Digitization has and will significantly change consumer behaviour: all-time access to messaging, e-mail, media and the presence of online shops right beneath the touch of our fingers on smartphones generate fast-moving, simple, and efficient experiences for consumers. Products and services must be readily available and at hand with little room to waste time. Exactly this expectation creates an ‘on-demand’ behaviour of consumers – we want it and we want it now. The on-demand economy can be described as the economic momentum created by technology companies and radical technological integration in fulfilling customer demands through the immediate provision of goods and services. This new economy represents exactly the aforementioned evolution in consumer behaviour due to its manifestation of technology and innovation. New business models and technological advances to fulfill the on-demand needs of customers have opened the way to real-time processing of products and services, thereby embracing the new frequency of busy consumer behaviour evermore.
For the logistics industry, this shift in consumer behaviour implies that consumers expect fast, cost-effective and efficient delivery right at their convenience. This focus on convenience, speed and simplicity is especially noticed in e-commerce, where order quantities are significantly lower than before and shipping times substantially shorter. This generates a shift from e-commerce to quick commerce.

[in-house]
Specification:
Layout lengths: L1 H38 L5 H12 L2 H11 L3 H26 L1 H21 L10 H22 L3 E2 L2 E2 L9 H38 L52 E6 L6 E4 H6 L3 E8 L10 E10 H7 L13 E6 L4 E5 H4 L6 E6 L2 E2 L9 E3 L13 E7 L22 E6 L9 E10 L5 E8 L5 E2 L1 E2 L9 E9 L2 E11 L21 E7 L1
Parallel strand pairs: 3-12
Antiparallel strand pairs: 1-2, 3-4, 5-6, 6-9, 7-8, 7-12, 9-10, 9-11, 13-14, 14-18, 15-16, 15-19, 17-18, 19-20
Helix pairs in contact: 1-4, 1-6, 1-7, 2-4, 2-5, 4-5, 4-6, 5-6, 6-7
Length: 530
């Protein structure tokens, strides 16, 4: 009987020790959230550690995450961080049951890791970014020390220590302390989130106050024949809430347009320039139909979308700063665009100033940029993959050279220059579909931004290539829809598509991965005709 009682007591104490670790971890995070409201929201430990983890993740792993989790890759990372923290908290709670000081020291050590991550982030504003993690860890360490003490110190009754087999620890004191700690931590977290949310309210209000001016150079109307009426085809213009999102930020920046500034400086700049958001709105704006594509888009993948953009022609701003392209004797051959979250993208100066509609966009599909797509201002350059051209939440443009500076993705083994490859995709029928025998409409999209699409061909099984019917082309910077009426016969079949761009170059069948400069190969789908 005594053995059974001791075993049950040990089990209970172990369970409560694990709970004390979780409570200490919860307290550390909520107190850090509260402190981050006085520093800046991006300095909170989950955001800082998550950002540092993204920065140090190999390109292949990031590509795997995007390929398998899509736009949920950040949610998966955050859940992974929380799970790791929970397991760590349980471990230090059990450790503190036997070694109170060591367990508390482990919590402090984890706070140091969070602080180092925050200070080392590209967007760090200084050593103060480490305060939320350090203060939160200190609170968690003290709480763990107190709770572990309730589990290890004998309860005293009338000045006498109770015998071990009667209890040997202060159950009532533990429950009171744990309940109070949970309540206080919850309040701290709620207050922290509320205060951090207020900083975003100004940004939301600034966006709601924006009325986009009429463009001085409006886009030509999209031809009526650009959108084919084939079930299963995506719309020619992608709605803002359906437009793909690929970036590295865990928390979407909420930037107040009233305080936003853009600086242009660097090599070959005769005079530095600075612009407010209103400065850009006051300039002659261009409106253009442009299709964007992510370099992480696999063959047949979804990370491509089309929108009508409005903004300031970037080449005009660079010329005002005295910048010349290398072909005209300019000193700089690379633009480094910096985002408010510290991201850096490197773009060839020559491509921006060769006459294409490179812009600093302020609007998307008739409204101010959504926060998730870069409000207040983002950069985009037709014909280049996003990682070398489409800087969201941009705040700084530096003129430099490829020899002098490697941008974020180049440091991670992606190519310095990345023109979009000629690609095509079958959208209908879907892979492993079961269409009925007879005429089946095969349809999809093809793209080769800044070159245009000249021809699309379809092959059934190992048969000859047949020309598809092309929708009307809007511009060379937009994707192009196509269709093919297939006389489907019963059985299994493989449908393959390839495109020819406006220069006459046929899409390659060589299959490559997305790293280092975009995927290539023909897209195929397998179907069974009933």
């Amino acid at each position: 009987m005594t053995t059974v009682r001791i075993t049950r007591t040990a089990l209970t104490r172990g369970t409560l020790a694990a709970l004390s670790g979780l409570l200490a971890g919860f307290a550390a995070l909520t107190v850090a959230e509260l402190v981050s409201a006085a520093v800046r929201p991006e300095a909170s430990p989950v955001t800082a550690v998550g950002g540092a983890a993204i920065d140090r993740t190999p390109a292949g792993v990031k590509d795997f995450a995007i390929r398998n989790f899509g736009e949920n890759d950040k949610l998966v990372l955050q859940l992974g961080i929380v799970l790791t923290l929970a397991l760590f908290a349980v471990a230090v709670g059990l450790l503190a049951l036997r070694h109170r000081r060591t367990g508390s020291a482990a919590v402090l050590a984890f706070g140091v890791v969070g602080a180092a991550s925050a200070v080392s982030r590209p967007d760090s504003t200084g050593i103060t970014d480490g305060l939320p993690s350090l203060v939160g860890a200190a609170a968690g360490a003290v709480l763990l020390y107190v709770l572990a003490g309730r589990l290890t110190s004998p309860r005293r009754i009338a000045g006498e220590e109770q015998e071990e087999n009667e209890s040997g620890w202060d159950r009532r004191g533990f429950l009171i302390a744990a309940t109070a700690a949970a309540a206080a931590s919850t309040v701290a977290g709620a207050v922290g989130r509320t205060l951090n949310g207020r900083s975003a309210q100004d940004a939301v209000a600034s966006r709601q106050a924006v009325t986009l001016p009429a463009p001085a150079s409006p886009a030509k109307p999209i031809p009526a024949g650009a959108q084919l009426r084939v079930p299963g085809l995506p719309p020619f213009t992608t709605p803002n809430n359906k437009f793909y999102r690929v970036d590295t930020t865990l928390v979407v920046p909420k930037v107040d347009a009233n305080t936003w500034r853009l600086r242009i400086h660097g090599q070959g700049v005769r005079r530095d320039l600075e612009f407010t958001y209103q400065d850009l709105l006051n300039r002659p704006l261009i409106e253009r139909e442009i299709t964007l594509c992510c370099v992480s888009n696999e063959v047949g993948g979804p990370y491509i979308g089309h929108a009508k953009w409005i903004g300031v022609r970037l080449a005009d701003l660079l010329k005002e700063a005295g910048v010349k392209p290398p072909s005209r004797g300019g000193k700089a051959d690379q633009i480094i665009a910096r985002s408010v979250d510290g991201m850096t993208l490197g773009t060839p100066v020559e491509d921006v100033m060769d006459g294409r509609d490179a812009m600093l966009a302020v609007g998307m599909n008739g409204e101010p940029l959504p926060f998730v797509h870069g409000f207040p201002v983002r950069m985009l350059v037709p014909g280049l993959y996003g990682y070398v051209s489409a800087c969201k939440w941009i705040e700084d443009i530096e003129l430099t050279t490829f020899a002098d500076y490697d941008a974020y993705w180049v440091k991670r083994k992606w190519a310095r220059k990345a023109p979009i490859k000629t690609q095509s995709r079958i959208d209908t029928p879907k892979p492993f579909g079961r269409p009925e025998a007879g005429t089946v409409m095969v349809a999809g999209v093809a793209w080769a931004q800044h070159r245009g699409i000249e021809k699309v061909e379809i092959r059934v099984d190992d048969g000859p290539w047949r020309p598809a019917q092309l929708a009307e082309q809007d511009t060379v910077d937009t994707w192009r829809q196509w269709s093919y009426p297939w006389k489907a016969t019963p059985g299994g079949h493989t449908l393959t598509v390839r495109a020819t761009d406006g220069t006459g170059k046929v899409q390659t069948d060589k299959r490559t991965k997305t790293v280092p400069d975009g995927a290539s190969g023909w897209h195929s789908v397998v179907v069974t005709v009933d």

Logistics providers, more specifically delivery services, need to adjust to meet changing expectations of consumers by embracing exactly this digital transformation that drove consumer behaviour in the first place. Through last mile delivery right at the doorstep, real-time tracking and transparency of order processing and shipment, the on-demand concept and preceding customer expectations can be effectively fulfilled. Technology companies competing in this arena have revolutionized logistics-dependent industries which have been prone to slow innovation so far. Hyper-growth examples in this on-demand world include the transportation as well as the grocery and food sector. This growth is mainly a result of the digitalisation of logistics services and the integration of technology on top of an existing infrastructure.
As other industries with close links to logistics, such as retail and food, are revolutionized by digital technology, linked delivery services also have to adjust. Delivery will become increasingly important as online ordering accelerates to quick commerce. This can be seen by the rise of quick commerce leading to new digital entrants in the last mile delivery market. The digital transformation in logistics is especially noticeable in the last mile delivery due to its close link to customers and their expectations as well as heavy reliance on logistics to fulfill these.